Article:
A veritable goldmine of material popped up on Psyblog the other day, in their list of “8 Ironic Effects of Thought Suppression.” The tag line reads, “the more we try to avoid screwing up when stressed, the more likely it becomes,” and they have assembled an impressive group of studies to back up their claim. The proper psychological term for the phenomenon is “reactance” and like many such phenomenons, theologians have been well acquainted with it for ages. This is nothing more, or less, than an inventory of the ways that our attempts to manage our inner lives create the very things we are trying to control. This is the Should stimulating the Shouldn’t, the Law increasing (or simply conjuring up) the trespass, the Garden of Eden playing itself out in any number of seemingly mundane situations. I’ve reproduced my favorite five, as well as a sermon by John Zahl about the very same phenomenon. As a side-note, dream life remains my favorite trump card in the whole self-improvement/sanctification debate – as true a spiritual litmus test as exists, AKA the subconscious doing what it will, immune to moral or religious positioning, ht JD:

1. Forbidden romance

In one study participants were told to play footsie with a stranger during a card game (Wegner et al., 1994). The twist was that some pairs were specifically told to hide their under-the-table-action while others weren’t.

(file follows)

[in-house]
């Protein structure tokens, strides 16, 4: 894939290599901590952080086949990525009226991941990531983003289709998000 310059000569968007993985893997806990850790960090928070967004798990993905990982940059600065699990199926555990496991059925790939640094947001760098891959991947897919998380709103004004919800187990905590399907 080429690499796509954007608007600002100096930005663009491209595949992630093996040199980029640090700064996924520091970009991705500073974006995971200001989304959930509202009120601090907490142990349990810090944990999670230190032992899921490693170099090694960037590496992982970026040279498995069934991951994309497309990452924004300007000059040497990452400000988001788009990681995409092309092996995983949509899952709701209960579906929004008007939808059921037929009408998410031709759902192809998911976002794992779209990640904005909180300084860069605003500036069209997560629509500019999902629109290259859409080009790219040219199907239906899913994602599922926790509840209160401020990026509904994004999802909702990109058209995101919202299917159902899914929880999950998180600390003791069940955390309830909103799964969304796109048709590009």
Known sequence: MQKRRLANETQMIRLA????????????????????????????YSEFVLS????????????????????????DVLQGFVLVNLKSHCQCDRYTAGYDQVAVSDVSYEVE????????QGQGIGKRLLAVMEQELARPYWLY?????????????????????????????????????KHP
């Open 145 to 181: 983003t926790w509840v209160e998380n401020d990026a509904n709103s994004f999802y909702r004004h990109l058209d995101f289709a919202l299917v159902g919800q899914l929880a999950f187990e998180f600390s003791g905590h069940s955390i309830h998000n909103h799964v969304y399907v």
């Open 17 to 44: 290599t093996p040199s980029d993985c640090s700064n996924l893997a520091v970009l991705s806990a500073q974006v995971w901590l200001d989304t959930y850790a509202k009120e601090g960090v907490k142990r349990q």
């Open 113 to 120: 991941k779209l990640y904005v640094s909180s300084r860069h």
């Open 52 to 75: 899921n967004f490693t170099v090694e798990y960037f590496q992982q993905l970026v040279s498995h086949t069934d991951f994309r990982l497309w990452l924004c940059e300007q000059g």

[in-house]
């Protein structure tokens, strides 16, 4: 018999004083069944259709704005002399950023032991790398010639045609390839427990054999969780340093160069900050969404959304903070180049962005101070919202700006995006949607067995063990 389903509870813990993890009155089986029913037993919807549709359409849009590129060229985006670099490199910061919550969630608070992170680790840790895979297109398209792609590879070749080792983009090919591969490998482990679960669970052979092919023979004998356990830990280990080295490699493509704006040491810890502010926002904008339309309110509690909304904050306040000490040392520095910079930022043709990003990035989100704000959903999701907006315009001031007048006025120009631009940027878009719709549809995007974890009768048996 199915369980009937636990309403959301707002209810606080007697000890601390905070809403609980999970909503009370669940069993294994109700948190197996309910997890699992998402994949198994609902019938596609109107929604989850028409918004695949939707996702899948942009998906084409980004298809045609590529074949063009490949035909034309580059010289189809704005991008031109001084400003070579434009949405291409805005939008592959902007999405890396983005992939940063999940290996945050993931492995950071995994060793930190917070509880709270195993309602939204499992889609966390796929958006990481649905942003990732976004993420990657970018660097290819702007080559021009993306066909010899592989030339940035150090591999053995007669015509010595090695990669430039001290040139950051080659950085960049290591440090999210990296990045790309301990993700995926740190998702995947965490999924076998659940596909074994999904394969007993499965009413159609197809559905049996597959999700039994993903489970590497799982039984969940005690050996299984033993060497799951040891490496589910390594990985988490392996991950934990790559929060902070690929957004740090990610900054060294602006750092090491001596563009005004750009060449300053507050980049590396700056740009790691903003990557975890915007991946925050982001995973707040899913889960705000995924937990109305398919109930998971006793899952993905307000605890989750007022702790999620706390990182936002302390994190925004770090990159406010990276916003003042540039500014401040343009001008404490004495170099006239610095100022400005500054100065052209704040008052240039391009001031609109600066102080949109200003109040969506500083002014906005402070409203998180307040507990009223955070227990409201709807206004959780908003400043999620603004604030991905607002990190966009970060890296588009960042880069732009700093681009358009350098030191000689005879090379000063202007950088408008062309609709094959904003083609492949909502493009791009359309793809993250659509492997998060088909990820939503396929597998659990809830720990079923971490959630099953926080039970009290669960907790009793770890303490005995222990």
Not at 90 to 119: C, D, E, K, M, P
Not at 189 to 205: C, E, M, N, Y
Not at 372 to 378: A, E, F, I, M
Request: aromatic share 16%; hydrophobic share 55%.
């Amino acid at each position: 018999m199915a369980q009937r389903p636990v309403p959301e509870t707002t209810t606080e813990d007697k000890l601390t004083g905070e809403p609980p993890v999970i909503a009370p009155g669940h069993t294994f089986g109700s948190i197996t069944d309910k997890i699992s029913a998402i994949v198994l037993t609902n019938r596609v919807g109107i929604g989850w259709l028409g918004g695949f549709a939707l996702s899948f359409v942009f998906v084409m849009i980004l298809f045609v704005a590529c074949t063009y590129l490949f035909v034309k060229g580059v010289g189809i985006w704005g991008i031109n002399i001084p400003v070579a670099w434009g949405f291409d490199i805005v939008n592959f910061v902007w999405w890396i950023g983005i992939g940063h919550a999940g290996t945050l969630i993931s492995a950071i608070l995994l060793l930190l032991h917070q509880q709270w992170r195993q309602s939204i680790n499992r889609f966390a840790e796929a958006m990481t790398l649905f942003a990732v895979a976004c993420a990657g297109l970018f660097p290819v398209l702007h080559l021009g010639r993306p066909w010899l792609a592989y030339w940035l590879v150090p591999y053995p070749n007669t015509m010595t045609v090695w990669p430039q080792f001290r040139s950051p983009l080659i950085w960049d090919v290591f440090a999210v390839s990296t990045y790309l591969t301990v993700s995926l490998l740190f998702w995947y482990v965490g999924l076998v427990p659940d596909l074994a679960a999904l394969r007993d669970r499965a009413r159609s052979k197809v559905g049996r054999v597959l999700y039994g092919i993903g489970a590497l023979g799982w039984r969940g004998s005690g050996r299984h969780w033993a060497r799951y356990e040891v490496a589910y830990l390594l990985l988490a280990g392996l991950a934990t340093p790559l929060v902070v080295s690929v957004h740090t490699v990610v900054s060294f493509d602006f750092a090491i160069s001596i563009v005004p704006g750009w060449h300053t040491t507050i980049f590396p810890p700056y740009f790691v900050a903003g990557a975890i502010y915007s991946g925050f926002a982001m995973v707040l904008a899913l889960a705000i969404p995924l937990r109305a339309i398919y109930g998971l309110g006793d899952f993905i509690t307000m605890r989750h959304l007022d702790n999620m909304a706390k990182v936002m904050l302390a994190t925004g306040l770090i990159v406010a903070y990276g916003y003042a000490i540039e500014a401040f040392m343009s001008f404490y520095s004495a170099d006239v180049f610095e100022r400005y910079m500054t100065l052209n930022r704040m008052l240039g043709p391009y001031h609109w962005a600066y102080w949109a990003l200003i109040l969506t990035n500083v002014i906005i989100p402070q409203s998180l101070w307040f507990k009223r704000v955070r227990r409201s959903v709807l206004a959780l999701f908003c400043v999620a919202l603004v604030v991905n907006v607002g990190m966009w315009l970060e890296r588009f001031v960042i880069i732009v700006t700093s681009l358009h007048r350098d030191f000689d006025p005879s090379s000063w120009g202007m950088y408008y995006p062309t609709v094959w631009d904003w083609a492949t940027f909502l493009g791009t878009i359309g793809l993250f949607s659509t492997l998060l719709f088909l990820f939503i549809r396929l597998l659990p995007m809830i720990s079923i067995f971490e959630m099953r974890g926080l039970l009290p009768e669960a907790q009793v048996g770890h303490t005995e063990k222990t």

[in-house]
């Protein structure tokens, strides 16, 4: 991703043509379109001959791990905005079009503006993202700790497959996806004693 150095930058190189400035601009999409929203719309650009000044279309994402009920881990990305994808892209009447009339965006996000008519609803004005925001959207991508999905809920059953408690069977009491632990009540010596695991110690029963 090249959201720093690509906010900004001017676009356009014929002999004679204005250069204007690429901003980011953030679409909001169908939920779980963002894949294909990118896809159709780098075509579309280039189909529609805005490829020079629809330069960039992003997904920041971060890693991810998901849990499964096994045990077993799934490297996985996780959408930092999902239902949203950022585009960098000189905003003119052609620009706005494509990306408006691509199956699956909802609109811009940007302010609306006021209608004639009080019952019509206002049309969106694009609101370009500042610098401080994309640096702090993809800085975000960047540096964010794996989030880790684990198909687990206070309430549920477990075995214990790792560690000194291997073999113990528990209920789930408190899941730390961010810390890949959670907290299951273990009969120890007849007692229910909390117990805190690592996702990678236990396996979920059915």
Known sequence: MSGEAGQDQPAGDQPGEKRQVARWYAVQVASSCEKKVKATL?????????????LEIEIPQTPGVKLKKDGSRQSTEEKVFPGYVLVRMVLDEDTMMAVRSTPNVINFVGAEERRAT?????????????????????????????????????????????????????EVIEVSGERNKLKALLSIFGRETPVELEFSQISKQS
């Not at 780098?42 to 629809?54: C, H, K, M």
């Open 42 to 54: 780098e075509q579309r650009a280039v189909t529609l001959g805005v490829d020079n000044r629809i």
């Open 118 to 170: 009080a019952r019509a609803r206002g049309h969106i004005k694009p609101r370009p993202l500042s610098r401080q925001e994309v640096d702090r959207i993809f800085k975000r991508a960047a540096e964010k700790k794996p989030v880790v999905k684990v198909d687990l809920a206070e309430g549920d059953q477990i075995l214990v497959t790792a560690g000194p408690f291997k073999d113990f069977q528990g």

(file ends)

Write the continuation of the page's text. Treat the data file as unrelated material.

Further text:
The results showed that playing secret footsie made people more attracted to each other than blatant footsie. When they tried to suppress their attraction, it actually came back stronger.

That’s why it can be difficult to get rid of thoughts of an old flame at exactly the wrong moment. And the more we push down on these kinds of intrusive thoughts, the more they come back.

2. Faux pas

In a classic episode of the British sitcom Fawlty Towers, the hotel’s proprietor, Basil Fawlty is serving a group of Germans and trying to avoid mentioning the war. The more he tries to avoid it, the more he keeps mentioning it. If you’ve seen it, it’ll be seared across your memory; if not Google it and you’ll never forget it.

It’s a perfect example of how, when under pressure and specifically trying to avoid mentioning something, it can still find a way out.

In a study by Lane et al. (2006) exactly this phenomenon was observed. Participants were more likely to give a fact away when they were specifically told to keep it secret than when they were given no such instruction.

5. Feeling down

Our emotions are just as prone to ironic effects as our cognitions. Unfortunately when people try to suppress a depressed mood, they often find it comes back with a vengeance.

For this reason standard psychological therapies avoid thought suppression and try to focus on distraction and acceptance (Beevers et al., 1999).

7. Can’t sleep…

Everyone who has ever tried to force themselves to get to sleep knows it’s impossible. The harder you consciously try to fall asleep quickly, the longer you stay awake.

This is exactly what researchers find in the sleep lab (Ansfield et al., 1996). That’s why it’s called falling asleep or dropping off—it’s as though you have to do it by accident.

8. …bad dreams

Here’s a tip if you want to control your dreams: people are more likely to dream about subjects they are specifically trying to avoid (Schmidt & Gendola, 2008). Whether they are emotional or neutral topics, using suppression will make them more likely to turn up in your dreams.

The question is whether you can successfully convince yourself you don’t want to have a really delicious, engrossing dream!